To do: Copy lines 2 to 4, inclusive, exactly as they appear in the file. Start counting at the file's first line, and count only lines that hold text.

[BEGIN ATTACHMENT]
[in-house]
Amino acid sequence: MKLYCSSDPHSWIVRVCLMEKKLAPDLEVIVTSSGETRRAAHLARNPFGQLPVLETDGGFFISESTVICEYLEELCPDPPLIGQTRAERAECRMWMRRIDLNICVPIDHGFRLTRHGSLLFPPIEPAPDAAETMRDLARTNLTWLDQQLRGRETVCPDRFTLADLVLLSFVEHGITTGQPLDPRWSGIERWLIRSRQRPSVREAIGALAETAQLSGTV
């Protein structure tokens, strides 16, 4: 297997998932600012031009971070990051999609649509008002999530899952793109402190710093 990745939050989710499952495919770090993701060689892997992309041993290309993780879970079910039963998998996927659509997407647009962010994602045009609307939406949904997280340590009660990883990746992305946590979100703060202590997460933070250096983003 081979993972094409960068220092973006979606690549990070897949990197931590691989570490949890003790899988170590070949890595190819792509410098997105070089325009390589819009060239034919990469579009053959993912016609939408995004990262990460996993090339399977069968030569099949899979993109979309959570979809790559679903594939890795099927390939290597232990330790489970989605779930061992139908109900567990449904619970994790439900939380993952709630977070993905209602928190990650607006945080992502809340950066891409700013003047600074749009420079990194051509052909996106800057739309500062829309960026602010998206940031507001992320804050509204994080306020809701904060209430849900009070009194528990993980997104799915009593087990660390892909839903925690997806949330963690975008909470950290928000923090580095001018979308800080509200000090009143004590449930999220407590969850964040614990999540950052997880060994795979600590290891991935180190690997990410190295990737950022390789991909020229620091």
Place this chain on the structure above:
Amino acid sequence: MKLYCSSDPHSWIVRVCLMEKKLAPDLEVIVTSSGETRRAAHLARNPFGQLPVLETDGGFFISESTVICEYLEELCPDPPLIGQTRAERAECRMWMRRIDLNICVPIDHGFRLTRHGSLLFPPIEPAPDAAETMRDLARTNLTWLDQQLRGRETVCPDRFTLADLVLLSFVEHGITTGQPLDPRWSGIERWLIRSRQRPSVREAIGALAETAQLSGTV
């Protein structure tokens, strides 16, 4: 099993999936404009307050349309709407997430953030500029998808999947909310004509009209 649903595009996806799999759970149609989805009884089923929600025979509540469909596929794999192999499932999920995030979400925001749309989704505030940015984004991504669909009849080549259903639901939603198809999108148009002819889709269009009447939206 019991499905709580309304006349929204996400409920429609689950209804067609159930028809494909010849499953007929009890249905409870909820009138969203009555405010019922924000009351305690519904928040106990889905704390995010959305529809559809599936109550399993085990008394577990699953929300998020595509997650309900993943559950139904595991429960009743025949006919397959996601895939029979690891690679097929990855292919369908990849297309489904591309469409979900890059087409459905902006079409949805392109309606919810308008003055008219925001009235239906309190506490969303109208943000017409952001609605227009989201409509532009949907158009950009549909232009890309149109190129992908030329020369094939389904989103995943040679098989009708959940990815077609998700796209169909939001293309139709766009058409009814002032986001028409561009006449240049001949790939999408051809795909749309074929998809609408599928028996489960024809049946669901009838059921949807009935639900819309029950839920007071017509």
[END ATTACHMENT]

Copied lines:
Amino acid sequence: MKLYCSSDPHSWIVRVCLMEKKLAPDLEVIVTSSGETRRAAHLARNPFGQLPVLETDGGFFISESTVICEYLEELCPDPPLIGQTRAERAECRMWMRRIDLNICVPIDHGFRLTRHGSLLFPPIEPAPDAAETMRDLARTNLTWLDQQLRGRETVCPDRFTLADLVLLSFVEHGITTGQPLDPRWSGIERWLIRSRQRPSVREAIGALAETAQLSGTV
């Protein structure tokens, strides 16, 4: 297997998932600012031009971070990051999609649509008002999530899952793109402190710093 990745939050989710499952495919770090993701060689892997992309041993290309993780879970079910039963998998996927659509997407647009962010994602045009609307939406949904997280340590009660990883990746992305946590979100703060202590997460933070250096983003 081979993972094409960068220092973006979606690549990070897949990197931590691989570490949890003790899988170590070949890595190819792509410098997105070089325009390589819009060239034919990469579009053959993912016609939408995004990262990460996993090339399977069968030569099949899979993109979309959570979809790559679903594939890795099927390939290597232990330790489970989605779930061992139908109900567990449904619970994790439900939380993952709630977070993905209602928190990650607006945080992502809340950066891409700013003047600074749009420079990194051509052909996106800057739309500062829309960026602010998206940031507001992320804050509204994080306020809701904060209430849900009070009194528990993980997104799915009593087990660390892909839903925690997806949330963690975008909470950290928000923090580095001018979308800080509200000090009143004590449930999220407590969850964040614990999540950052997880060994795979600590290891991935180190690997990410190295990737950022390789991909020229620091």
Place this chain on the structure above: